THE BLOG
12/07/2005 04:08 pm ET | Updated May 25, 2011

Condi, Hillary, Veronica, Betty

It must be an amazing week for the Germans; finally, thanks to this administration, they have a moment in time where they can be morally superior to the United States. Yesterday I found myself so grateful for German chancellor Angela Merkel for nailing Secretary of State Condoleezza Rice that I considered giving up my lifelong opposition to owning a Volkswagen; I even thought it might be about time for us all to take that long-postponed trip to the new, hot Berlin. (While in the neighborhood, we can of course “do” Auschwitz.) Meanwhile I hope someone will explain to Merkel how she managed to misunderstand Rice, who insists she did not say that the American government had made a mistake in kidnapping a German citizen and torturing him; what she claims she said was that if mistakes were made, they would be corrected. This is classic Ricespeak -- the passive hypothetical tense -- and it probably doesn’t translate well to Germans, who tend to be more emphatic.

I've been thinking a lot about Condi lately, when I haven’t been thinking about Hillary. They both make me feel bad, but for different reasons. I feel bad about Condi because in spite of her deliciously humiliating European adventure, she still seems to be enjoying this rock-star-slash-dominatrix thing; just last night, in the Ukraine, she coyly dismissed the suggestion that she might be a presidential candidate and giggled over the numerous references to herself as a warrior princess. Meanwhile, I feel bad about Hillary for all the obvious reasons, including this week's position on flag-burning and last week's position on Iraq (you can find it on her website).

Hillary Clinton went to Wellesley College a few years after I did, and I’ve always thought that the key to Hillary lay in understanding what Wellesley wanted in those days from its alumnae: you were meant to graduate, marry a powerful man, and preside over dinner parties in the following manner -- when the two men on either side of you disagreed violently, you were to step in and point out the remarkable similarities between their diametrically-opposed positions. You were meant to make nice. You were meant to find the middle. (If you actually went into politics, you were meant to work for the League of Women Voters, an organization that had no actual politics but was simply in favor of getting everyone to vote.) Condi Rice is seven years younger than Hillary and went to Stanford, but no question she caught the same disease, and it was doubtless aggravated by her years as a university provost, a job that consists entirely of smoothing things over. Most of Rice’s career has been spent saying nothing whatsoever; some days I’m almost nostalgic for the moment when she waxed her way into that famous mushroom cloud quote, even if it too was hypothetical.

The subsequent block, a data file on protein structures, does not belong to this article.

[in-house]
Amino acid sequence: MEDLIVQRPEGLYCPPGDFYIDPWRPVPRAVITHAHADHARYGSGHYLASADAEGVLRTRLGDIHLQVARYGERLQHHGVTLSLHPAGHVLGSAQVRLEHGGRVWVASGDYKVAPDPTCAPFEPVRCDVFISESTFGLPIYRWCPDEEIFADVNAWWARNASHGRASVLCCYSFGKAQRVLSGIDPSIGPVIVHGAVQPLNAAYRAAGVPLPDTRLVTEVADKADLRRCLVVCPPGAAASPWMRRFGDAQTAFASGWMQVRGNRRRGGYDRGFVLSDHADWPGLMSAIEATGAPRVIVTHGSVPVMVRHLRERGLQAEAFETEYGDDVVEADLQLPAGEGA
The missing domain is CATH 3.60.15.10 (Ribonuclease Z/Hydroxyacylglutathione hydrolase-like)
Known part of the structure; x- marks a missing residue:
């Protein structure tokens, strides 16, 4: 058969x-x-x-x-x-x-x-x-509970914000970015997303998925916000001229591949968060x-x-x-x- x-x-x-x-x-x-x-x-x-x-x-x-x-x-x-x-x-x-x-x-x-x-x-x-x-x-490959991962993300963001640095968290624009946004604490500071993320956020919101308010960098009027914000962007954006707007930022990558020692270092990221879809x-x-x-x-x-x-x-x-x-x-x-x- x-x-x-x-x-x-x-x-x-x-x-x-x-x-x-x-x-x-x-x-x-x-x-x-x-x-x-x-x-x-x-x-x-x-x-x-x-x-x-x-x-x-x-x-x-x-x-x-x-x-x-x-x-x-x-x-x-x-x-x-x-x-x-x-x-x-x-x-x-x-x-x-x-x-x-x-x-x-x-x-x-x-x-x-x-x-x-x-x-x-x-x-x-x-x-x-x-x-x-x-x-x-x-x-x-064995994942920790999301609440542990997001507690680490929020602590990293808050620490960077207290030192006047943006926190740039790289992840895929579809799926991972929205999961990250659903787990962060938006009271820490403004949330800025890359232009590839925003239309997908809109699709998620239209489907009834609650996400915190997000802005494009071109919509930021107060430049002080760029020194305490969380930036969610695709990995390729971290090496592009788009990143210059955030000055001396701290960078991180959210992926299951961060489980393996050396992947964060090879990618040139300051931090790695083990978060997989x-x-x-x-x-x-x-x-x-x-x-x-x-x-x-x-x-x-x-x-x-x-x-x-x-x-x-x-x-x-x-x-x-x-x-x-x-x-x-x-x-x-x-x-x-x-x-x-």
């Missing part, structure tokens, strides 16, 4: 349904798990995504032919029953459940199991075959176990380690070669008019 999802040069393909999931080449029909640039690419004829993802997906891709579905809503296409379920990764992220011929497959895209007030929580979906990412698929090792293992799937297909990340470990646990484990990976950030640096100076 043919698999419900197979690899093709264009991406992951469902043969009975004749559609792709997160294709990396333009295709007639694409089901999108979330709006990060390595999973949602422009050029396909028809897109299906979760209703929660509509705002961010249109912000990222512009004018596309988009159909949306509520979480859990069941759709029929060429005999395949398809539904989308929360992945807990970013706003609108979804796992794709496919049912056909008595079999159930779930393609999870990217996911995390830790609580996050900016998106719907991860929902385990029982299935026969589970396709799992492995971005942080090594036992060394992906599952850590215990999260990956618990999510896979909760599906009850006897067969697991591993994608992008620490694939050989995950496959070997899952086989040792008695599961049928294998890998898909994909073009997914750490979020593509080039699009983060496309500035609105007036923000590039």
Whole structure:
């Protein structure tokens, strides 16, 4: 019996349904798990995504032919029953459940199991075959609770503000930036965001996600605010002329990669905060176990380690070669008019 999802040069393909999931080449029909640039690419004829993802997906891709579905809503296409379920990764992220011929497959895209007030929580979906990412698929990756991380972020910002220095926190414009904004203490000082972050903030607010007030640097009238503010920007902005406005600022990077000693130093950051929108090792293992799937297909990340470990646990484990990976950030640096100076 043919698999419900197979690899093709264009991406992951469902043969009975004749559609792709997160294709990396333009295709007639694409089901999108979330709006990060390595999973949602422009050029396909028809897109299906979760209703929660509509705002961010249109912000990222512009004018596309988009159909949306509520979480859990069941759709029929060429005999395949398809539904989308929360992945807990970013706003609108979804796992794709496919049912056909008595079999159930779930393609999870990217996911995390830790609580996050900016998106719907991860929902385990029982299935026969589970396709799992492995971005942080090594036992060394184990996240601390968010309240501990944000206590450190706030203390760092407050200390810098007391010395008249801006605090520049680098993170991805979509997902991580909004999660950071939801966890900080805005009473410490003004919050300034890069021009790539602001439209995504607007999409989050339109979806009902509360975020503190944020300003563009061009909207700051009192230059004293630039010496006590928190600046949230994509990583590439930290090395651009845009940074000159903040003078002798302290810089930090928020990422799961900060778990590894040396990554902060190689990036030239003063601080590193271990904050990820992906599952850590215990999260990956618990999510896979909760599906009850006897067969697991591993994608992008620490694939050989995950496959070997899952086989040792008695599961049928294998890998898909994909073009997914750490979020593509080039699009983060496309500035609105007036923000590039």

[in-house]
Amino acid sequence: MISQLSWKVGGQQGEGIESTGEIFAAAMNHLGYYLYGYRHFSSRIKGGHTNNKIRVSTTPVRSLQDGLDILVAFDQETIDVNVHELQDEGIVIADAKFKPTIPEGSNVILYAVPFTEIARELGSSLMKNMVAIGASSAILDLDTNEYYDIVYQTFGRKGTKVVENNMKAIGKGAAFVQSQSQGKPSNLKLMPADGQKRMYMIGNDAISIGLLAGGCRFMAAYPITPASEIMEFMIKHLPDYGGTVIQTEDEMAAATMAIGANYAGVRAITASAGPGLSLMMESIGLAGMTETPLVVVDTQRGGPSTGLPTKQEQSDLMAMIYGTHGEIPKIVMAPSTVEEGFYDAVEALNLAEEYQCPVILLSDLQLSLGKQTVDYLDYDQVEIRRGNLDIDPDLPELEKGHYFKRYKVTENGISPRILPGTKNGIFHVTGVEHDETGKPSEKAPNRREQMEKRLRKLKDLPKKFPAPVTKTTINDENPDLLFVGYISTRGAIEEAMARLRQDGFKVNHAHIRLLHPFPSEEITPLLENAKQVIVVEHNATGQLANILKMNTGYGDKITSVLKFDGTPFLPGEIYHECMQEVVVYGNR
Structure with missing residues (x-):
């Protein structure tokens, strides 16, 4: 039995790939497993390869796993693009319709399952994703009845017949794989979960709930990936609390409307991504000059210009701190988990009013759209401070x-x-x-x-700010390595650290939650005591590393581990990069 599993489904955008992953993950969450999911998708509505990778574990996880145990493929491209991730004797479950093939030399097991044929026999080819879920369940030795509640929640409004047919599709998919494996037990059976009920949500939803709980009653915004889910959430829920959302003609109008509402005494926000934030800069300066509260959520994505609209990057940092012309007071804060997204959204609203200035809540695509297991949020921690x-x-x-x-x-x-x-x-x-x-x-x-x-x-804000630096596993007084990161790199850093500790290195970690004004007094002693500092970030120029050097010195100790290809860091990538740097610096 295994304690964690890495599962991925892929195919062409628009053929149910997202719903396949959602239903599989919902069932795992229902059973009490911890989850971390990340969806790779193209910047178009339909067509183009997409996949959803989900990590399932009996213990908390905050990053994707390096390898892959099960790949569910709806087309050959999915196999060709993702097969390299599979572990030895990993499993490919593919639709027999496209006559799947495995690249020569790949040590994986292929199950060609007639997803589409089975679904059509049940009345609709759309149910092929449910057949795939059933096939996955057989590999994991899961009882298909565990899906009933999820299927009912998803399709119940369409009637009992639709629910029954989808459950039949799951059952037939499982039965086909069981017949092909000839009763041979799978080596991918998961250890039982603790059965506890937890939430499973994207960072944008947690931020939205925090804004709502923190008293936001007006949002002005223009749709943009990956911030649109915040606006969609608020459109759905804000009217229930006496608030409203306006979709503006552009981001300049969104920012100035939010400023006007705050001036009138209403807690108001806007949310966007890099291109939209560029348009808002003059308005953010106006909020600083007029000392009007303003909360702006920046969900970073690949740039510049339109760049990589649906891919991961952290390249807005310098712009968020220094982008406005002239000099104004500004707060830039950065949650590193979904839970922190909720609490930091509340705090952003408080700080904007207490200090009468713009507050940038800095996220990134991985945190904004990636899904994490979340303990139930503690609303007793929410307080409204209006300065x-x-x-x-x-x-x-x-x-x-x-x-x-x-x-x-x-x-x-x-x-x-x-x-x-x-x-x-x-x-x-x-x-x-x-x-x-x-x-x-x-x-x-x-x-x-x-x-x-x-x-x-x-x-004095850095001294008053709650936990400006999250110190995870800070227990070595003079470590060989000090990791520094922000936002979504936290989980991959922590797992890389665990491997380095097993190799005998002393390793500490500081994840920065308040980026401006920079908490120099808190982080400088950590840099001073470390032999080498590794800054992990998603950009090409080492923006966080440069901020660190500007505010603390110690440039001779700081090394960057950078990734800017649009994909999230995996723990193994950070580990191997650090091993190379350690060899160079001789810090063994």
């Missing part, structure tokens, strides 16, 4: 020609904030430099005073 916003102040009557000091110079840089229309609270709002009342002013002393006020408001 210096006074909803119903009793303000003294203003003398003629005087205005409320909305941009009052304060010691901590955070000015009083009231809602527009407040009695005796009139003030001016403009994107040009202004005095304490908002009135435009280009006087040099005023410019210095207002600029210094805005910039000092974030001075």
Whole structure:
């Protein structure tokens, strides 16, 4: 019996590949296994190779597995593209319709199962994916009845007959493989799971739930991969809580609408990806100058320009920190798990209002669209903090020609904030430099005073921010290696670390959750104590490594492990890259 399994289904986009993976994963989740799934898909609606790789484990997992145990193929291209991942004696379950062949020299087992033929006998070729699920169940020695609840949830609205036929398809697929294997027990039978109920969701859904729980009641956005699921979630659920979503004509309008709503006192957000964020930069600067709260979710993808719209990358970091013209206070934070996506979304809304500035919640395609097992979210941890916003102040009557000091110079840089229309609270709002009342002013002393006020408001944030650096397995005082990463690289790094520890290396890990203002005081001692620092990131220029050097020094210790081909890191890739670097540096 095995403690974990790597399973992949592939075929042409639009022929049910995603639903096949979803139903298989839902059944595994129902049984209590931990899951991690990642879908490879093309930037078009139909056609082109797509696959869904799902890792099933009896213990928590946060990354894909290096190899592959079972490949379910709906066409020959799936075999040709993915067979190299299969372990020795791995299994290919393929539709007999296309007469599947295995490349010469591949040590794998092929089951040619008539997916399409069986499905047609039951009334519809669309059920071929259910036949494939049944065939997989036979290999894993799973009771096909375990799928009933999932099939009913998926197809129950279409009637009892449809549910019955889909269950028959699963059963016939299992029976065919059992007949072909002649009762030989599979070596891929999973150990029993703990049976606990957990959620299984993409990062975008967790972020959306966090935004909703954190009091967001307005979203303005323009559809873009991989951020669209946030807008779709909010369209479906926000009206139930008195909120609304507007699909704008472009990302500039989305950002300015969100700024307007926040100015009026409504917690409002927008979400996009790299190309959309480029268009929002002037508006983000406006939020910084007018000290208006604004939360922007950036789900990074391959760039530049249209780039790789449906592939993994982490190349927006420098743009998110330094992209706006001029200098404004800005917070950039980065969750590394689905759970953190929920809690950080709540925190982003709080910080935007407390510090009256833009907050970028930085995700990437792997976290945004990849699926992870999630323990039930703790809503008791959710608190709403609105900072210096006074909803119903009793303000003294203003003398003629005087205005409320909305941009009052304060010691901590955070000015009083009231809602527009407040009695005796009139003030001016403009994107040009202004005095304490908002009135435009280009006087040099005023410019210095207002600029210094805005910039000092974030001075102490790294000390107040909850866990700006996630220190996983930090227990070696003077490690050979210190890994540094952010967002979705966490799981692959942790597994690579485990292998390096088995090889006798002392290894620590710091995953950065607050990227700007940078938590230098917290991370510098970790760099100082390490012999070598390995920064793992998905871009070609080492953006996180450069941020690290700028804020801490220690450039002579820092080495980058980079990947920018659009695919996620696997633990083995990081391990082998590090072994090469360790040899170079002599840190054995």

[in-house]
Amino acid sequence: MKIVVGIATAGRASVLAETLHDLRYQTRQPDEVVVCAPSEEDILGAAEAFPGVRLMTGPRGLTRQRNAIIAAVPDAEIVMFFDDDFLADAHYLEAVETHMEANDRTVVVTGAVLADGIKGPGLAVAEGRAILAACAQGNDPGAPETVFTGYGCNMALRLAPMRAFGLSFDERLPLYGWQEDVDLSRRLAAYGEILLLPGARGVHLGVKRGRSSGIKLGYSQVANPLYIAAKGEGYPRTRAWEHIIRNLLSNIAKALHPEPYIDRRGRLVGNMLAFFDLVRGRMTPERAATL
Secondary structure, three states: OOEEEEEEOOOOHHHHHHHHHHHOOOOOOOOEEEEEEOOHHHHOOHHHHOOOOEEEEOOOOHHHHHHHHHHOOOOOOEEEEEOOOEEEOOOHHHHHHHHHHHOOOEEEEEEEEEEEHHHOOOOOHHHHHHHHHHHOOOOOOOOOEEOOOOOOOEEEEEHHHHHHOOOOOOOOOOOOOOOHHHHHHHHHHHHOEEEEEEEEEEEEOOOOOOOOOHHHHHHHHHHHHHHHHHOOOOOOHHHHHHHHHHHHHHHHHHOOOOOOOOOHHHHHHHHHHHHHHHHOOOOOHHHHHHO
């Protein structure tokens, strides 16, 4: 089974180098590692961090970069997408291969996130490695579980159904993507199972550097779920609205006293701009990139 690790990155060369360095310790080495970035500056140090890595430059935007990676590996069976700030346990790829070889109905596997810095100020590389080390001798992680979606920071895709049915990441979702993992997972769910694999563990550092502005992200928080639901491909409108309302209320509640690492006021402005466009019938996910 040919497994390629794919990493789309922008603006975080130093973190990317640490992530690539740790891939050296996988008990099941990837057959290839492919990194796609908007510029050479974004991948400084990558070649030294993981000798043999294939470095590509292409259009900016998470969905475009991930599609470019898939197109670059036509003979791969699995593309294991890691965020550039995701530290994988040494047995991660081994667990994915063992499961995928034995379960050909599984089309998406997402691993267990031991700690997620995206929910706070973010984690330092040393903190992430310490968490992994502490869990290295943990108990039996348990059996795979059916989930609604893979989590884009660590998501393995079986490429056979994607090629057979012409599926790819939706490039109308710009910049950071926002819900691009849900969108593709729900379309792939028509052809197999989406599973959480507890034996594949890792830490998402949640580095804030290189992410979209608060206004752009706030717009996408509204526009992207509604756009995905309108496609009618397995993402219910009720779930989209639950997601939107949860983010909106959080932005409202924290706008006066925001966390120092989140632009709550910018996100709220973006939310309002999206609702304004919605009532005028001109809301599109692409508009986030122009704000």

By the way, this last weekend at the Kennedy Center Honors State Department dinner, Condi got up and gave a speech in which she said that being in a room with so many genuinely talented people reminded her of why she was right to give up her dream of being a concert pianist. I heard this from a friend who quoted it appreciatively, as if it proved that Condi at least had some respect for artists. Instead it made me wish with all my heart that someone had given her enough false encouragement to stick with the piano.

Meanwhile, I’m sorry to be dwelling simultaneously on these two women because I can feel myself being sucked into one of the most insidious natural laws in the universe: for every Veronica there must be a Betty. It should be possible for me to think about Hillary without thinking of Condi, and vice versa. And I would never buy into the possibility of a Hillary-Condi presidential contest; it’s so clearly the fantasy of people (like Dick Morris) who hate Hillary but want to pretend they have nothing against a woman running for president, per se. But like Betty and Veronica -- who except for their hair color look exactly alike -- Hillary and Condi are starting to blur together in my brain. As they inch their way toward the middle, both blowing smoke, it’s hard to know which of them I’m more irritated by: the one I can’t stand, or the one I’m going to be stuck supporting if she gets the nomination.